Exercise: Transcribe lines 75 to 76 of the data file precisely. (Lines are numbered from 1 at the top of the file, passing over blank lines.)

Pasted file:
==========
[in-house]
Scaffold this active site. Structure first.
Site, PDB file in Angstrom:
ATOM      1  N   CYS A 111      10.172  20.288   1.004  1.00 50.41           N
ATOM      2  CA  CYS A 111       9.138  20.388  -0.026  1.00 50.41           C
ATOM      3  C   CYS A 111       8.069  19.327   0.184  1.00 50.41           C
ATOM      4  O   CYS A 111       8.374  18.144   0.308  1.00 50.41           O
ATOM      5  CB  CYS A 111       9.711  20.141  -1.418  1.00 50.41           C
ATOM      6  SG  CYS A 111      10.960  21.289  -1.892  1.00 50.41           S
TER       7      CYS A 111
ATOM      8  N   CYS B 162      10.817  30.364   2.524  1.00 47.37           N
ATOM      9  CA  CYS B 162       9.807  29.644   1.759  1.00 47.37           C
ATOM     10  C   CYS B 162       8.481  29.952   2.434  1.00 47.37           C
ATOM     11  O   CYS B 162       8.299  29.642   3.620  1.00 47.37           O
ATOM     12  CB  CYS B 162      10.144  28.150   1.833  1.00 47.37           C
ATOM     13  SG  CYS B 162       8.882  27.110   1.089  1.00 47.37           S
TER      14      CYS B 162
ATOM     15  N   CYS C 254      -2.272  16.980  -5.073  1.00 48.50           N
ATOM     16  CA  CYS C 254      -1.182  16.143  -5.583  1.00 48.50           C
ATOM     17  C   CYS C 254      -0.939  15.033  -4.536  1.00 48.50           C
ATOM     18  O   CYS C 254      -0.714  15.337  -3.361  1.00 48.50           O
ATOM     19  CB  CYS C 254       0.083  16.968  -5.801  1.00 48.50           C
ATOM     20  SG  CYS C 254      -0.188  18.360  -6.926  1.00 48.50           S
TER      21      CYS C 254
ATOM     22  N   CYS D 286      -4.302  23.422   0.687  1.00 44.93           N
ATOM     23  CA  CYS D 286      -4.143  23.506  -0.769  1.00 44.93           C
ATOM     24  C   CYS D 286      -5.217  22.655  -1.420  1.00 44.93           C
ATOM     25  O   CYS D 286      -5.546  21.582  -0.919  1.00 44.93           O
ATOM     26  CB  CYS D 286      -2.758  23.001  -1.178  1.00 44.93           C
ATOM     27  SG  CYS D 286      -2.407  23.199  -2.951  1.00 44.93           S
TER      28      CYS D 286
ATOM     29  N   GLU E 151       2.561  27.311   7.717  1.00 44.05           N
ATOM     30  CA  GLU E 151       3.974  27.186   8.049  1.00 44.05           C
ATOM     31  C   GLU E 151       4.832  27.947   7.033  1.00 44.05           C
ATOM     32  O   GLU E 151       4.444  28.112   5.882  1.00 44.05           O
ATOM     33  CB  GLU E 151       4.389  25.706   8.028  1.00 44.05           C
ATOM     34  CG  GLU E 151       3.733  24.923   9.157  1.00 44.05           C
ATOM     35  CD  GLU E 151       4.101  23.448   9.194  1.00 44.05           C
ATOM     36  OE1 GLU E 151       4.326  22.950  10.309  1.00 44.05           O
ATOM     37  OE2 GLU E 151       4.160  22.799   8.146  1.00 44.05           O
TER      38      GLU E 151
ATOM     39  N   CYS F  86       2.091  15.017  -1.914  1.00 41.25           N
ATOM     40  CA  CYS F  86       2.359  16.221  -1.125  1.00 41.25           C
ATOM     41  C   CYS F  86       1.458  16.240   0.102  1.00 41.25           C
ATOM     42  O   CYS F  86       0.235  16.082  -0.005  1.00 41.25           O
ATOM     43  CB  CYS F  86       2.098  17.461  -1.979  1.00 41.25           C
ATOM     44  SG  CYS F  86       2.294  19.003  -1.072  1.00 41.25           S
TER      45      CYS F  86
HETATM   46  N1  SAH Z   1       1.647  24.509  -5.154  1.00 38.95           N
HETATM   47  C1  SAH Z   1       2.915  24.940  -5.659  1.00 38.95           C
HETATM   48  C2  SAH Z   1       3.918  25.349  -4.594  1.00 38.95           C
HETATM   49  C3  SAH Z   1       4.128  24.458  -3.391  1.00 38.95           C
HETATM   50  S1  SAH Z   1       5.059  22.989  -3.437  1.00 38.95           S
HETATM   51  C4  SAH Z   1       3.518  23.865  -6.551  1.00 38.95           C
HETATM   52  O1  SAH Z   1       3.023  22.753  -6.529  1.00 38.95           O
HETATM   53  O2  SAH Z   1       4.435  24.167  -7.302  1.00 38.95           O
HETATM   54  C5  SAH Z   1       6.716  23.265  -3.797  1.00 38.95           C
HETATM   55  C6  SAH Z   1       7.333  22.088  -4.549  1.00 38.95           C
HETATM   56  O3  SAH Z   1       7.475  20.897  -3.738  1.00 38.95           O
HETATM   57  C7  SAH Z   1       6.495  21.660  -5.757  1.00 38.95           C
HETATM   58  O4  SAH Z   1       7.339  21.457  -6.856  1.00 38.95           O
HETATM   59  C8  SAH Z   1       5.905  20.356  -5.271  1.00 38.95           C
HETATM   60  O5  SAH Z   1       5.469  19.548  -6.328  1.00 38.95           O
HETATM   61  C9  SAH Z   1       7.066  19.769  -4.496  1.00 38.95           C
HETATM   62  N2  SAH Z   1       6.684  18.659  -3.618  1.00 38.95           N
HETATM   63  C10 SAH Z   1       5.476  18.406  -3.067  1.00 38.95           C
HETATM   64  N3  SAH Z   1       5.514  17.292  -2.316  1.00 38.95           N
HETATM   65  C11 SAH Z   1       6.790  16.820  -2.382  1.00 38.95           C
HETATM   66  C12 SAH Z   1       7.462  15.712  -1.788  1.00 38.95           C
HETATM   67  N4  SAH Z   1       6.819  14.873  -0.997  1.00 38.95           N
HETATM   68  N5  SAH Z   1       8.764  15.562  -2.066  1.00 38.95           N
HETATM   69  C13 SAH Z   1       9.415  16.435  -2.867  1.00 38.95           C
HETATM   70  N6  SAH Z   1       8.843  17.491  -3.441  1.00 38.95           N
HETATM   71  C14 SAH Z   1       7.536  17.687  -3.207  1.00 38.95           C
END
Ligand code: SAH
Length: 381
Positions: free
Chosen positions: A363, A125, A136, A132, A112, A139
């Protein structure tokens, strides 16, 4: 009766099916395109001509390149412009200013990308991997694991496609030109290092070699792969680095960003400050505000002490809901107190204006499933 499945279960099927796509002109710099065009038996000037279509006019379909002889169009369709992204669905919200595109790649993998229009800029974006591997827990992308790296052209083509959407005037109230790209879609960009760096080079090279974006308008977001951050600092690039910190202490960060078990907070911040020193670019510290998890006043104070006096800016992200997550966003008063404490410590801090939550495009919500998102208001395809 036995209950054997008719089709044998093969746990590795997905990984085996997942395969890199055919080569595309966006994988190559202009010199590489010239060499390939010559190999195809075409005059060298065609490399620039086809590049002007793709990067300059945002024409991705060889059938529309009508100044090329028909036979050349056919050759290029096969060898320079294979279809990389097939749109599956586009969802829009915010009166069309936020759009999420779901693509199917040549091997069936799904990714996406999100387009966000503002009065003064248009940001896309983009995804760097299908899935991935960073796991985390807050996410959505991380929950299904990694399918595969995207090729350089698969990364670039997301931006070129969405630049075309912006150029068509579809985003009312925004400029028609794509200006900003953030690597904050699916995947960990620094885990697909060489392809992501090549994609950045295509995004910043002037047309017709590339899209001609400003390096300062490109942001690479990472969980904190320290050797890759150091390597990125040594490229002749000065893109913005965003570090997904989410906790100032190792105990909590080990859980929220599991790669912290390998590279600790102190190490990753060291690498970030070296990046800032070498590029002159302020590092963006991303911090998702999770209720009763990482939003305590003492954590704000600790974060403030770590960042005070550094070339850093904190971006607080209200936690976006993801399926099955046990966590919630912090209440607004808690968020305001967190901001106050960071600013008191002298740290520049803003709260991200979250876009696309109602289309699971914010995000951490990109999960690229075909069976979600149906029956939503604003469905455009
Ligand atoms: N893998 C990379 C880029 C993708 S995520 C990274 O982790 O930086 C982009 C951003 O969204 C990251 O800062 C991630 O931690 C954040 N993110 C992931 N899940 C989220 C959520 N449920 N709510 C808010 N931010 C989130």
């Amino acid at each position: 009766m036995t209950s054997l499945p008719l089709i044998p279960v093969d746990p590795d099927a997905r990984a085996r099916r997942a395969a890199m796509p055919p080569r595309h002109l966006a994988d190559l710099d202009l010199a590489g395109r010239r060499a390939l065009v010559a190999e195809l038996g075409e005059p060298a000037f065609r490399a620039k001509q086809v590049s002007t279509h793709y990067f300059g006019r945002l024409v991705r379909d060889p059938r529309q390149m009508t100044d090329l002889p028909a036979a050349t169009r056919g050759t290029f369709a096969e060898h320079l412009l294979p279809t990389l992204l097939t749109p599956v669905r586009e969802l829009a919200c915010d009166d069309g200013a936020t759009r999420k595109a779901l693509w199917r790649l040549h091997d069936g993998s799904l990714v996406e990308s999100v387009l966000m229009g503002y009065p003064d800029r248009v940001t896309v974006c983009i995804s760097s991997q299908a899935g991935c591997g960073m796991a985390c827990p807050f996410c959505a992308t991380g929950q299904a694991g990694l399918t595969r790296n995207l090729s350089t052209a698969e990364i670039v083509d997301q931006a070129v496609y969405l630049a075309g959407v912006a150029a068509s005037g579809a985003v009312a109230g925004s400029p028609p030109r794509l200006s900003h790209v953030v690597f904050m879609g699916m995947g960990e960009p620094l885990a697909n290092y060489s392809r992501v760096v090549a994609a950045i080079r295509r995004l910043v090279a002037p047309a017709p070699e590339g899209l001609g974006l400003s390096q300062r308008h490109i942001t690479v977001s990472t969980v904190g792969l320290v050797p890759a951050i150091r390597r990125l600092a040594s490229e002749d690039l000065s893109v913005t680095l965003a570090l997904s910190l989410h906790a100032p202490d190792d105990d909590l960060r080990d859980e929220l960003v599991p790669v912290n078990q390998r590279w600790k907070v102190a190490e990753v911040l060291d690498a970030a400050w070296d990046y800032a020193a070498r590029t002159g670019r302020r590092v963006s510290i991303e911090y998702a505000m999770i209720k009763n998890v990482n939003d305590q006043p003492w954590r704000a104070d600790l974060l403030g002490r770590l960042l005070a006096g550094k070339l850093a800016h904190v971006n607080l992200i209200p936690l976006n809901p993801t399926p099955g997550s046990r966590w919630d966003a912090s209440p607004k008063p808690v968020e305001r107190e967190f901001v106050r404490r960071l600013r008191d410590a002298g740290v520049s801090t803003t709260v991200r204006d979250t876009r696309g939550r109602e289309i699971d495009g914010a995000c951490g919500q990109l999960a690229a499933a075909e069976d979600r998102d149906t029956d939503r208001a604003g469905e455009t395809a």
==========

END
Ligand code: SAH